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Li Schmidt and Zee Husain opened Cultural Roots Nursery only a year and four months prior to our conversation with them in September 2021. Not a lot of jobs were available when this entrepreneurial duo graduated from University of California (UC) Davis, which made them jump on the opportunity to start a business together. Li was in a Community Development master’s program, and Zee studied International Agriculture Development. They were former roommates who met at a UC Davis conference. Their passion for agriculture and desire to connect with their ancestry led them to create a backyard garden that consisted of South Asian edible plants from Zee’s upbringing and East Asian ones from Li’s. To build up their new business, the duo eventually leased a greenhouse in Winters, Calif. that was quickly replaced with a larger one within a year. With a grant under their belt, the partners are already speaking to potential investors.
In starting a new agricultural business together, we asked what the division of labor is between the two partners. Zee replied, “We both do the same things, but I grow the South Asian plants, and Li grows the East Asian plants. We divide it so there are certain plants that we will continue to grow separately. Those are the plants that are important to our respective cultures. I’m in charge of growing the curry leaf tree, something predominantly consumed in South Asia, which means I can become the expert on that plant. For a lot of these Asian varieties, there isn’t much information online for how to grow them, and how to properly care for them. That’s the expertise I’m hoping to offer with the plants that I’m growing.”
Zee recently started working full time as a farm manager at the Culinary Institute of America. She currently lives in Oakland and has a second greenhouse set up in her parent’s backyard. Oakland is also where the nursery’s target demographic is, so Zee makes it a point to keep her finger on the pulse of nearby farmers markets where they participate as vendors. These markets include the Old Oakland Farmers Market and Irvington Farmers Market in Fremont. Meanwhile, Li resides in Davis, close to where the business’ leased greenhouse is located. In relation to division of duties and scheduling, “It’s the offseason. Next spring, we’re hiring someone to help do the bulk of transplanting, but it will still be very busy. I’ll be working seven days a week because the farmers markets are on the weekends but hopefully, we can streamline that. Li has a part-time job, so she has more time than I do right now. We kind of switch off. If one of us has something personal or unexpected, then the other person kind of takes over.”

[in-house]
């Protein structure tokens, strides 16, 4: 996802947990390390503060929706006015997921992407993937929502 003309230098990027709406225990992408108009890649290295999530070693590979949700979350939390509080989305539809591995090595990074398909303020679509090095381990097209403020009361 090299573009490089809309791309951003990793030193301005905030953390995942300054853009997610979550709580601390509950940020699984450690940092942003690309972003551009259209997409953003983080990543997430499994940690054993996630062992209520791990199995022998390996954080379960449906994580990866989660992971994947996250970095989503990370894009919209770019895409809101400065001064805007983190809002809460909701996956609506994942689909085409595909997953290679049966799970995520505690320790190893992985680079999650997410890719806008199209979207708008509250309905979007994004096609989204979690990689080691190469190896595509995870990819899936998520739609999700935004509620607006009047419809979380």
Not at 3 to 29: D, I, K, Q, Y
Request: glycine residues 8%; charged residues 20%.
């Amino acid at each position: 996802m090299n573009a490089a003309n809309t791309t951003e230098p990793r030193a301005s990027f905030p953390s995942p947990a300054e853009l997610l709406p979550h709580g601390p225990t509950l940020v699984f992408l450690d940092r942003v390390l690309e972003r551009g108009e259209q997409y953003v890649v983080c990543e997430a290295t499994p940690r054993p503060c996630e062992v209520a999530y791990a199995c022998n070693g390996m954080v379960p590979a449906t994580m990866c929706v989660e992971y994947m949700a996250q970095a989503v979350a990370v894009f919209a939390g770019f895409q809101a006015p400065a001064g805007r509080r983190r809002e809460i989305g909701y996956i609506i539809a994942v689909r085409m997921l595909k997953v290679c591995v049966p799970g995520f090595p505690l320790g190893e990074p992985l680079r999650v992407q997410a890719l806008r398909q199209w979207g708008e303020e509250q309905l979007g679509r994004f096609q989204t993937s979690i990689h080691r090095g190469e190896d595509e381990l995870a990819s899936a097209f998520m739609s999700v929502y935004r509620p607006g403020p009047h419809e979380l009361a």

The pandemic gave the partners the impetus needed to start their own nursery, described Li. “The moment just seemed like a good time to act, especially because we heard that the local nurseries all around were running out of plant starts. We thought about our communities and how people are becoming more aware of where their food comes from, the food system, having an interest in gardening but then not having any plants that might resonate with their cuisines or culture.” The duo took this opportunity to sprout heritage vegetables and resell them to stores that were struggling to keep up with demand during lockdown. Li shared another challenge they encountered. “There are some risks that are related to the climate. In California, there are fires. Once, the smoke was so bad that all of our pop-up events got cancelled. We actually ended up losing one type of crop because the timing was so delayed.” Her personal motivation to keep going despite these challenges: “For me, it’s about health, feeding people, and helping to make the connection between land and people. I think that there’s a lot of health problems that communities have due to a disconnection with the food system.”